Porgy and Bess
Catfish Row, night. A piano plays a “low-down blues,” and Clara sings a lullaby (“Summertime”) to her baby. During a game of craps, Crown, who is drunk, becomes enraged over a minor incident and kills Robbins. Serena weeps over the body of her husband. Before making his escape, Crown tells his girlfriend, Bess, that he’ll be back for her. Sportin’ Life offers Bess refuge after she begs him for some “happy dust,” but she chooses to hide in Porgy’s room, not suspecting that the disabled beggar loves her.
Serena’s Room, the next night. Robbins is laid out for the wake, with a saucer on his chest to collect funds for his burial. The police arrive and accuse Peter, an old man, of murdering Robbins. Naming Crown as the killer, Peter is taken to jail as a material witness while Serena sings “My Man’s Gone Now.” Final arrangements for the funeral are made. The scene ends with the spiritual “Leavin’ for the Promised Land.”
Catfish Row, a month later. Jake and the other fishermen, repairing their nets before they go fishing, sing “It Takes a Long Pull to Get There.” Jake’s wife, Clara, pleads with him not to go. In the song “I Got Plenty o’ Nuttin’,” Porgy shines with happiness now that Bess has come to live with him. Maria, who runs the cookhouse, upbraids Sportin’ Life, forbidding him to peddle his “happy dust” to the community. A large buzzard flies overheard, frightening the crowd, and Porgy explains it as an evil omen in “The Buzzard Song.” In the now empty courtyard Sportin’ Life makes advances toward Bess. Porgy orders Sportin’ Life to stay away from her. Alone, Porgy and Bess sing the duet, “Bess, You is My Woman Now,” and Bess reluctantly leaves Porgy to go to a community picnic.
Kittiwah Island, that night. The picnic is in full swing. Sportin’ Life entertains the group with his cynical attitude toward religion (“It Ain’t Necessarily So”). As the picnickers climb aboard the boat for the trip home, Crown surprises and confronts Bess. She argues that she now belongs to Porgy but is overpowered and seduced by Crown.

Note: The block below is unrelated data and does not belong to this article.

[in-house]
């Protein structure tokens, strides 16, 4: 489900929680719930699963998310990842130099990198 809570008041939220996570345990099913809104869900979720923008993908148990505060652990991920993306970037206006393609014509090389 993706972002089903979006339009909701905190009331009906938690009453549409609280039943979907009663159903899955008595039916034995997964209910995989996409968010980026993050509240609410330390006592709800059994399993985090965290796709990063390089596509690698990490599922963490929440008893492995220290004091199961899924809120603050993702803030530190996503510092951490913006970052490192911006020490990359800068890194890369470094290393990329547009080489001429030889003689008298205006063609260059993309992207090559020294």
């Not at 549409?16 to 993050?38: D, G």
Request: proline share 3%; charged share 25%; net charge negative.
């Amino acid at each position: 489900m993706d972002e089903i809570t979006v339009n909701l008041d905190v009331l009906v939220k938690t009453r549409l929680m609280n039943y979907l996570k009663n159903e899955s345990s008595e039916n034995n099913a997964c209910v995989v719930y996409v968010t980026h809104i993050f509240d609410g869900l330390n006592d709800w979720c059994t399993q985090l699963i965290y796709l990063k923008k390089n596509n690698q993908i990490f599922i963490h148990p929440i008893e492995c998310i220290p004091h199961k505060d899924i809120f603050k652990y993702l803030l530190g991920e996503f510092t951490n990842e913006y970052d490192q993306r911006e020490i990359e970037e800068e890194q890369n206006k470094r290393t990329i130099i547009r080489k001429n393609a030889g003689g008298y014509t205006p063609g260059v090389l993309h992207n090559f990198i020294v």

--- INTERMISSION ---
Catfish Row, a week later. Peter has been released. Bess is sick and delirious in Porgy’s room. Porgy and Serena pray for her. Street sounds are heard, and Bess calls out for Porgy. Recovered, Bess sings “I Loves You, Porgy,” but their joy quickly turns into fear as the dreaded hurricane bell is rung.
Serena’s Room, the next day. As the hurricane rages, the community is concerned about a group of missing fishermen. Clara is particularly upset since her husband, Jake, is the captain of the boat. Crown bursts into the room. He and Porgy quarrel. The distraught Clara, after giving her baby to Bess, rushes out into the storm in search of her husband. Before leaving, Crown warns Bess that he will return for her.
The next evening, the chorus mourns Clara, Jake, and Crown—all thought to be lost in the storm. Sportin’ Life enters, laughing cynically and alluding to Bess having “two men.” Bess, holding Clara’s baby, sings “Summertime.” When the courtyard is empty, Crown enters furtively, crawling toward Porgy’s window. But Porgy surprises him and kills him with his powerful hands. As the scene ends, Porgy laughs triumphantly.
The next afternoon, the police come to Catfish Row to investigate the murder and order Porgy to come with them to identify the body. As soon as Porgy is taken away, Sportin’ Life persuades the confused and distraught Bess that Porgy will be locked up, never to return. Offering her some “happy dust,” Sportin’ Life sings “There’s a Boat Dat’s Leavin’ Soon for New York,” convincing Bess to go away with him.
A week later, Porgy returns home. He calls for Bess. Discovering she has gone to New York, Porgy orders his goat cart and sets out to find her. As he drives through the gate, the chorus joins him in “Oh Lawd, I’m On My Way.”